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Against Loyola, Terps stopped doing what they had done right
FOXBOROUGH, Mass. — Maryland was loose, smart, patient and opportunistic during its run to the men’s lacrosse national title game.
The Terrapins were none of those things Monday and found themselves as the NCAA tournament runners-up for the second straight season.
“As the end of the game went on, it just felt like it was a nightmare and there was nothing we could do to wake up,” sophomore goalie Niko Amato said after the 9-3 loss to the top-seeded Greyhounds (18-1) at Gillette Stadium.
Maryland (12-6) was one of the country’s least turnover-prone teams, yet gave it away eight times in the first half. It couldn’t exploit a 12-3 faceoff edge. It couldn’t determine how to spring its players free against a tight Loyola defense.
But more to the point, the Terps couldn’t score in the final 40 minutes, 40 seconds, their hopes of a first national title since 1975 gradually extinguished on an otherwise pleasant New England afternoon.
“We got away from what we’ve been doing the whole year,” midfielder Mike Chanenchuk said. “We just didn’t play as well as we could have.”
It was all-too-familiar for Maryland, which reached the championship as an unseeded team only to sputter in the final for the second straight year. The Terps lost 9-7 to Virginia in the 2011 title game, though that contest was tied early in the fourth quarter.
Maryland already was effectively done by then this time. Attackman Owen Blye, who had a hat trick in Saturday’s semifinals, didn’t take a shot as Loyola’s Joe Fletcher marked him all day. Midfielder Drew Snider scored 10 goals in the first three postseason games; Greyhounds long pole Scott Ratliff held him to two harmless shots.
It was an abrupt end for Maryland’s made-over roster. The Terps lost five starters from the season before and persistently rebounded from a series of setbacks throughout the spring. Maryland never won more than three consecutive games and only once lost back-to-back games. Monday’s loss ended the Terps’ three-game winning streak.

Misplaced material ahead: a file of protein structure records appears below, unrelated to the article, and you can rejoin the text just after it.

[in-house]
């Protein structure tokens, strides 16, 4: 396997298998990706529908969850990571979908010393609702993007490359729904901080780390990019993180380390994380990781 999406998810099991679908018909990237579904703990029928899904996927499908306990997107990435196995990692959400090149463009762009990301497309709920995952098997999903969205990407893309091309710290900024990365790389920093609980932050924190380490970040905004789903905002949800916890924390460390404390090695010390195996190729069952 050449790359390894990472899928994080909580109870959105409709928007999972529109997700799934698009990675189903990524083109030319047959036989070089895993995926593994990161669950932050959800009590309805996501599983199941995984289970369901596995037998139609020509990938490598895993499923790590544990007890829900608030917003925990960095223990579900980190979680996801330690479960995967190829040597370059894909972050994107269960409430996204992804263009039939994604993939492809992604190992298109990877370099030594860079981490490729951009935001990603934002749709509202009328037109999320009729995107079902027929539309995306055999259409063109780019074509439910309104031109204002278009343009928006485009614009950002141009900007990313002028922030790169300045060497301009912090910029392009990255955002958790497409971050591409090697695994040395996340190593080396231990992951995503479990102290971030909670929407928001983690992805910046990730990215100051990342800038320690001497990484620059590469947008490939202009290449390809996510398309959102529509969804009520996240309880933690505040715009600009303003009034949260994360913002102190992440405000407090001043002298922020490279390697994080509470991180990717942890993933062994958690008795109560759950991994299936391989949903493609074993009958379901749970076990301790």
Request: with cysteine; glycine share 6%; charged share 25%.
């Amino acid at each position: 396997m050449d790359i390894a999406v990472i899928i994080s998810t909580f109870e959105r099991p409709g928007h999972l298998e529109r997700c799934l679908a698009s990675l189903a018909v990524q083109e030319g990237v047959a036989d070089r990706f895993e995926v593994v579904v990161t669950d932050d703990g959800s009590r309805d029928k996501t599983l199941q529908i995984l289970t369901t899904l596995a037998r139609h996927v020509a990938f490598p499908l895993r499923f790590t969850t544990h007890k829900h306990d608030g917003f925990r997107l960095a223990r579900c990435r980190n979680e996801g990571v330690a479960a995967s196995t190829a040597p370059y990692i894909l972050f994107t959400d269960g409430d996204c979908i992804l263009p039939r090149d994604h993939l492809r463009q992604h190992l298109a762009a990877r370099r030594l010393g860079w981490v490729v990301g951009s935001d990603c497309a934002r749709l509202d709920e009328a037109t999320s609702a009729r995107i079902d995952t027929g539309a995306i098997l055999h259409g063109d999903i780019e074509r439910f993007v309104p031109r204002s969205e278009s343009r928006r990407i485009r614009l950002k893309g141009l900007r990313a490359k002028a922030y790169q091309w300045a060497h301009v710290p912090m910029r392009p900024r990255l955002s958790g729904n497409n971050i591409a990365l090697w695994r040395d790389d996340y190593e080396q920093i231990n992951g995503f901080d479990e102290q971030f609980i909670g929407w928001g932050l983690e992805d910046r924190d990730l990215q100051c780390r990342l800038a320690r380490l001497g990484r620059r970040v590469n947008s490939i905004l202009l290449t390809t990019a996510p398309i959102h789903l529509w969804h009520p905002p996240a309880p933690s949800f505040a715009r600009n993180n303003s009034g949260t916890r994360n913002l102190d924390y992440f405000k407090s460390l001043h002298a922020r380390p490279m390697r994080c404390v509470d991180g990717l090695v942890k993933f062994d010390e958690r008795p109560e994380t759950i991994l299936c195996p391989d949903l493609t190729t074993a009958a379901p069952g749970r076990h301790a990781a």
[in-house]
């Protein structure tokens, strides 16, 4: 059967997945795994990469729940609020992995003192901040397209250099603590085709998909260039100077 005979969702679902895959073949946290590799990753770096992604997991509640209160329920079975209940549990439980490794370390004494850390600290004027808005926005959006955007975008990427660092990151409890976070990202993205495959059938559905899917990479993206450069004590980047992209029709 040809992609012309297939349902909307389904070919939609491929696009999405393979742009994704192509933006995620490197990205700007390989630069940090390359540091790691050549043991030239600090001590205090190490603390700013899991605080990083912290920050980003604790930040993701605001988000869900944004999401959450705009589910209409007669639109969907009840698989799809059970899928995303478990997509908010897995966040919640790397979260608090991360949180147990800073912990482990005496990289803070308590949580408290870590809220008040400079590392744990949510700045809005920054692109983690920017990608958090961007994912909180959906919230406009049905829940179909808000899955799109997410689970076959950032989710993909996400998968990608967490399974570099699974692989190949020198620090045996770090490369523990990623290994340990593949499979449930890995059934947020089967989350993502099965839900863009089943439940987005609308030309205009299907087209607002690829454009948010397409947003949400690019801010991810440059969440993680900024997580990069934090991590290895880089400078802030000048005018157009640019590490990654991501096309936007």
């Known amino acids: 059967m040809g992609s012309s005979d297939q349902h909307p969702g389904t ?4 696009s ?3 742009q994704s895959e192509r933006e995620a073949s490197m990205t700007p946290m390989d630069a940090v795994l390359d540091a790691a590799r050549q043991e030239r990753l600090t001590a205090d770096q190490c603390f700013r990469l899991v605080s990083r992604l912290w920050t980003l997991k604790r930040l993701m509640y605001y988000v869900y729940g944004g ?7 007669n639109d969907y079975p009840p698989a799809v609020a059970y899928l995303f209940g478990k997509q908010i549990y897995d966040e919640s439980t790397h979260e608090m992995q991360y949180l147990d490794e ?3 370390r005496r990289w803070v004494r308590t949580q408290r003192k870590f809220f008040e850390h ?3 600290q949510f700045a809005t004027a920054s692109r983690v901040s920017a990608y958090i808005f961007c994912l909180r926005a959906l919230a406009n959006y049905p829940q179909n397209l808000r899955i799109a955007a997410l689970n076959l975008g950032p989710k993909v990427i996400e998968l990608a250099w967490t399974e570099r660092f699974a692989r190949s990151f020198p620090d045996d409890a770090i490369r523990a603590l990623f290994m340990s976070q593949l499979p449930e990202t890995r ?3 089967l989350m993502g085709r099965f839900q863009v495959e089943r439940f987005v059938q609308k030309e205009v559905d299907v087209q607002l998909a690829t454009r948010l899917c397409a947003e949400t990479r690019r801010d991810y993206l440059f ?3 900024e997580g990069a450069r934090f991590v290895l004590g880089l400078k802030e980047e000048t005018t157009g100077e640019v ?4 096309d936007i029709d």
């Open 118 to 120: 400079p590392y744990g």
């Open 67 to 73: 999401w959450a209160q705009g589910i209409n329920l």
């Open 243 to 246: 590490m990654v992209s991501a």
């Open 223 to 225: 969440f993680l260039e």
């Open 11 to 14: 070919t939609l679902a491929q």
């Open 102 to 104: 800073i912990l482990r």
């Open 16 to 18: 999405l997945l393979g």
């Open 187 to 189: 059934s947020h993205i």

“I wouldn’t change this year for anything,” attackman Joe Cummings said. “I wouldn’t want to be on any other team. To be on a team that was able to endure challenges and endure hard experiences yet make it to the national championship and have an opportunity to play for first place, it was the most rewarding experience of my life.”
It just didn’t have the perfect finish. Cummings held back tears outside the Terps’ locker room, knowing Maryland had again come close to ending its puzzling title drought.
Maryland fell to 2-9 in national title games, including seven straight losses.
“He said, ‘We got as far as we could without winning it,’ ” Chanenchuk said of coach John Tillman’s message. “He emphasized that this sets the foundation for a championship. We’re confident it’s coming our way. We were the second-best team out there.”
Exhausted and emotionally spent, there wasn’t much the Terps could do to prove otherwise in the second half against Loyola.
“I told them at halftime, ‘Who is this group and who replaced the guys from the other day?’ ” Tillman said. “We just didn’t have our A-game. We just didn’t. We got away from what got us here. Part of that was us, but part of that, you have to give Loyola all the credit.”
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About the Author
Patrick Stevens has covered Maryland and other Mid-Atlantic college sports for more than a decade. You can reach him at email@example.com.
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